The Long Goodbye to SSL/Early TLS

By Fortra's Digital Defense

If your organization is required to comply with the Payment Card Industry-Data Security Standard (PCI-DSS), particularly Requirement 11, then you are likely familiar with the problems plaguing SSL, early TLS (i.e. TLSv1.0) and their supported ciphers over the past several months.  High profile vulnerabilities such as HeartBleed, POODLE, FREAK and LogJam have sent merchants scrambling to patch external-facing systems within their cardholder data environment (CDE) to ensure their customer data is safe and they remain compliant with PCI-DSS.


SSL/TLS Cipher Suite Issues

One of the primary issues surrounding SSL and early TLS are the common cipher suite algorithms they support, specifically Cipher Block Chaining (CBC) and Rivest Cipher 4 (RC4).  Although problems in these algorithms have been discussed for years, it only truly began affecting those who are required to have quarterly compliance scans by an Approved Scanning Vendor (ASV) in early 2011 when CVE-2011-3389 was published.  This CVE, which has a Common Vulnerability Scoring System (CVSS) score of 4.3, described a vulnerability in CBC-based algorithms whereby an attacker could obtain clear text information from an encrypted HTTPS connection via a man in the middle-style of attack (also known as the ‘BEAST’ vulnerability).  Since almost all web servers supported CBC algorithms at the time and the CVSS score of the vulnerability was 4.0 or greater, merchants suddenly began failing their ASV scans.  Although most modern browsers later implemented a fix that would prevent this type of attack from happening, many merchants either changed their cipher preference order to prefer RC4 ciphers over CBC (as a compensating control) or simply disabled CBC ciphers altogether.  Those that continued to support CBC ciphers would later be forced to disable them due to the POODLE vulnerability (CVE-2014-3566), which caused a scan failure for anyone supporting SSLv3 with CBC ciphers and several utilizing early TLS (CVE-2014-8730) with CBC ciphers.

Due to the aforementioned vulnerabilities and since support for RC4 was not generally considered grounds for a scan failure, many merchants turned to utilizing it for their cipher suite for SSLv3/early TLS.  Even when a CVE affecting RC4 (CVE-2013-2566) was later released, at the time it only had a CVSS score of 2.6 which was below the failing threshold of 4.0.  Although many merchants began to support the more secure TLSv1.1/1.2 for their websites, they continued to support SSLv3/early TLS utilizing RC4 ciphers for backward compatibility with older browsers.

The “Bar Mitzvah” Attack

The straw that broke the camel’s back for SSLv3/early TLS occurred in March 2015 at Black Hat Asia, a security conference known for its cutting edge security presentations.  During this conference, a security researcher revealed details of the “Bar Mitzvah” attack which exploits a 13 year old weakness in the RC4 algorithm (hence the name “Bar Mitzvah”).  Soon after the release of this exploit, the National Institute of Standards and Technology (NIST) increased the CVSS score for CVE-2013-2566 from 2.6 to 4.3, meaning support for RC4 or CBC ciphers, which was any merchant supporting SSLv3/early TLS, now caused a scan failure.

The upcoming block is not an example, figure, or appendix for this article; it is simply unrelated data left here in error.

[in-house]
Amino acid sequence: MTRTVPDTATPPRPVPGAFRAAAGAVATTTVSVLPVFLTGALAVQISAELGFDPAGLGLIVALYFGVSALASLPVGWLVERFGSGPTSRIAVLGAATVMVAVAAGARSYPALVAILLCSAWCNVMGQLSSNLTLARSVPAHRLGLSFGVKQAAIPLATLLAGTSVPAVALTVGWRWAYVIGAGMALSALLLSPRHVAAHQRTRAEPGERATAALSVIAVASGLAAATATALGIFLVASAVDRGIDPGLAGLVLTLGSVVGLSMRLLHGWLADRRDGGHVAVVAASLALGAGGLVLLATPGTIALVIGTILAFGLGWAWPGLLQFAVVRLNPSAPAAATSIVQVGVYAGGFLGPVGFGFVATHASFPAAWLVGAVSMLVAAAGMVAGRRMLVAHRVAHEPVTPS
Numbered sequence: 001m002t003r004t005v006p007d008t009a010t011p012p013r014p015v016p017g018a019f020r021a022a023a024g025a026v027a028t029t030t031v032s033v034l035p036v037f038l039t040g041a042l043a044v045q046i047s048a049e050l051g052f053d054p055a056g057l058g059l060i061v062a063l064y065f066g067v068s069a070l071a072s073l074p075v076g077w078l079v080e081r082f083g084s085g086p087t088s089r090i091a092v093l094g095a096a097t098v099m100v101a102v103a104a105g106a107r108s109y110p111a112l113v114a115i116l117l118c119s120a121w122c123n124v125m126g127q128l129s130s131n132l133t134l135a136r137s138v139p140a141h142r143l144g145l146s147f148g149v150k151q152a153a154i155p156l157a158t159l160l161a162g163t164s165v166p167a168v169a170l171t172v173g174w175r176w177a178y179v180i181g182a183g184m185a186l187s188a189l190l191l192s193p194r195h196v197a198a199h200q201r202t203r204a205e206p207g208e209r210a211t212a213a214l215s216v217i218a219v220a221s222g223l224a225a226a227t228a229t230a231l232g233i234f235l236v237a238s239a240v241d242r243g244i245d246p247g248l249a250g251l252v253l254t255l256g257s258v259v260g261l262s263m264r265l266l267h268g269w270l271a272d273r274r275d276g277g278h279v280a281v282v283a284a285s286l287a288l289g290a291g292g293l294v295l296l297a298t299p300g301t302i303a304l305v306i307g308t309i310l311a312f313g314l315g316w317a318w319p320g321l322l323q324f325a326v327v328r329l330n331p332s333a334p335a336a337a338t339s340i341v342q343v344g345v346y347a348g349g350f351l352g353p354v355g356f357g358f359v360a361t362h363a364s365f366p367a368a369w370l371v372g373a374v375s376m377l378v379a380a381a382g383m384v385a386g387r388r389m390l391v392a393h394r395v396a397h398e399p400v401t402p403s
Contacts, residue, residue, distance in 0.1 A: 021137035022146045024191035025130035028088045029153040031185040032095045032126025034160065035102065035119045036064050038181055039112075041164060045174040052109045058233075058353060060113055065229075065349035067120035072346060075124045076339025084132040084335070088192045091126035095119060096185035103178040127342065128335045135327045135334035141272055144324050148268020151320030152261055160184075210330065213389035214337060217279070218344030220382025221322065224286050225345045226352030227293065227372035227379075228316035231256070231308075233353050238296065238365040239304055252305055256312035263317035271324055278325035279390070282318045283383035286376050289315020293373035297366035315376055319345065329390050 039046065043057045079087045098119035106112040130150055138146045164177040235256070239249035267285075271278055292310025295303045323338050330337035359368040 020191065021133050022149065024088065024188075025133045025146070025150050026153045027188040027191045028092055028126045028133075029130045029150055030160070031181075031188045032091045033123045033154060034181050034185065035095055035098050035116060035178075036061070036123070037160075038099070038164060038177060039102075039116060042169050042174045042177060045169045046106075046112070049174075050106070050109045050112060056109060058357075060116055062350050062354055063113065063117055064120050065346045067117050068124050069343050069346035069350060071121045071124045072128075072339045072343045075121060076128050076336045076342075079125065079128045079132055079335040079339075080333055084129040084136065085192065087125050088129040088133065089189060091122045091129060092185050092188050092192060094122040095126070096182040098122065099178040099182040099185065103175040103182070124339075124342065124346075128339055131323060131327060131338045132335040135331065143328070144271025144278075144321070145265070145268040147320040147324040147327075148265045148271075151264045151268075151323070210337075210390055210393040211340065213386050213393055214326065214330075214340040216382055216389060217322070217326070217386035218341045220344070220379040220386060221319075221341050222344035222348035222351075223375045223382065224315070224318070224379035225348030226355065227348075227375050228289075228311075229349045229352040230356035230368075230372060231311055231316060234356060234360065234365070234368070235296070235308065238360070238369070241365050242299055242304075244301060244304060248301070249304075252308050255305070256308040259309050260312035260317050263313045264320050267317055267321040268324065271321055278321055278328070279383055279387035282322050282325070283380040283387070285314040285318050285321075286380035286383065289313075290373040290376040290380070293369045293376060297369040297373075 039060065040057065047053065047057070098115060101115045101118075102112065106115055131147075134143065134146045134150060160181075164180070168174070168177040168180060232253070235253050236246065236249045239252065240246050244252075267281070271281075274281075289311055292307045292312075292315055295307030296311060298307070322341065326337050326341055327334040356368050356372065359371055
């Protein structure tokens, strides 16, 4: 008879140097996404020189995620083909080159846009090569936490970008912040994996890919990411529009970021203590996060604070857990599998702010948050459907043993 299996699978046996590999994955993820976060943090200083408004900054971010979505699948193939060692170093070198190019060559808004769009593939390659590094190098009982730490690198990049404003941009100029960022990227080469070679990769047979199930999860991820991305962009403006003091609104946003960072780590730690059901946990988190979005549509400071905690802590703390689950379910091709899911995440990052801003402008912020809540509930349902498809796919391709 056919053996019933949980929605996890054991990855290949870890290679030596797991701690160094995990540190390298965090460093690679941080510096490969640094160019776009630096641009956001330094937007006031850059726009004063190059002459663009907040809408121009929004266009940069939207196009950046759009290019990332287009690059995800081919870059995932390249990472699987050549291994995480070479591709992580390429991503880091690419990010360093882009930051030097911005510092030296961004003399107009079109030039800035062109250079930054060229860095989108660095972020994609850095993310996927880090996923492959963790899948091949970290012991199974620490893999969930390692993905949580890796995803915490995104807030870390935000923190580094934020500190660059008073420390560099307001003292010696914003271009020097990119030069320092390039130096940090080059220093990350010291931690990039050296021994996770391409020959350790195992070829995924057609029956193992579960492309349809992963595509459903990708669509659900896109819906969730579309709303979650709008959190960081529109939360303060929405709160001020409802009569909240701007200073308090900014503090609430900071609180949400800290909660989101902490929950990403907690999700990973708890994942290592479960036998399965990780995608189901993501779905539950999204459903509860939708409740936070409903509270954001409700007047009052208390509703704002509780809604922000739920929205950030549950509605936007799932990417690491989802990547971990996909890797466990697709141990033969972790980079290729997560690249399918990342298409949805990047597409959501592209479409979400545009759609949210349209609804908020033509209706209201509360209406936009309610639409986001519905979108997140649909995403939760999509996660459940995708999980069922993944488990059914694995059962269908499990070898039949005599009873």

Updated PCI-DSS Requirements

Recognizing this issue, the PCI Security Standards Council (PCI-SSC) updated the PCI-DSS to v3.1 in April 2015.  Among other updates, it states that SSL and early TLS are no longer considered to be strong cryptography and may not be used as a security control after June 30, 2016.  Merchants must have stronger encryption mechanisms in place by that date or fail their quarterly ASV scans.  In the meantime, merchants that have exiting SSL and/or early TLS implementations in place must have a formal risk mitigation and migration plan in order to pass quarterly ASV scans.

Moving Forward

Merchants should begin moving toward more secure encryption methodologies, such as TLSv1.2, as soon as possible.  Since all modern Internet browsers support TLSv1.2 by default, this should not prove to be a major issue for clients of card merchants.  The primary issue merchants will face is within its Application Programming Interfaces (APIs) and other applications that have older encryption methodologies hard coded within its applications.  Merchants may need to overhaul existing applications in order to ensure they are compatible with TLS v1.2.


The PCI-SSC has published an information supplement that includes frequently asked questions and how to create a migration plan, available at  This document will help you get started toward meeting the June 30, 2016, deadline and maintaining your PCI compliance.

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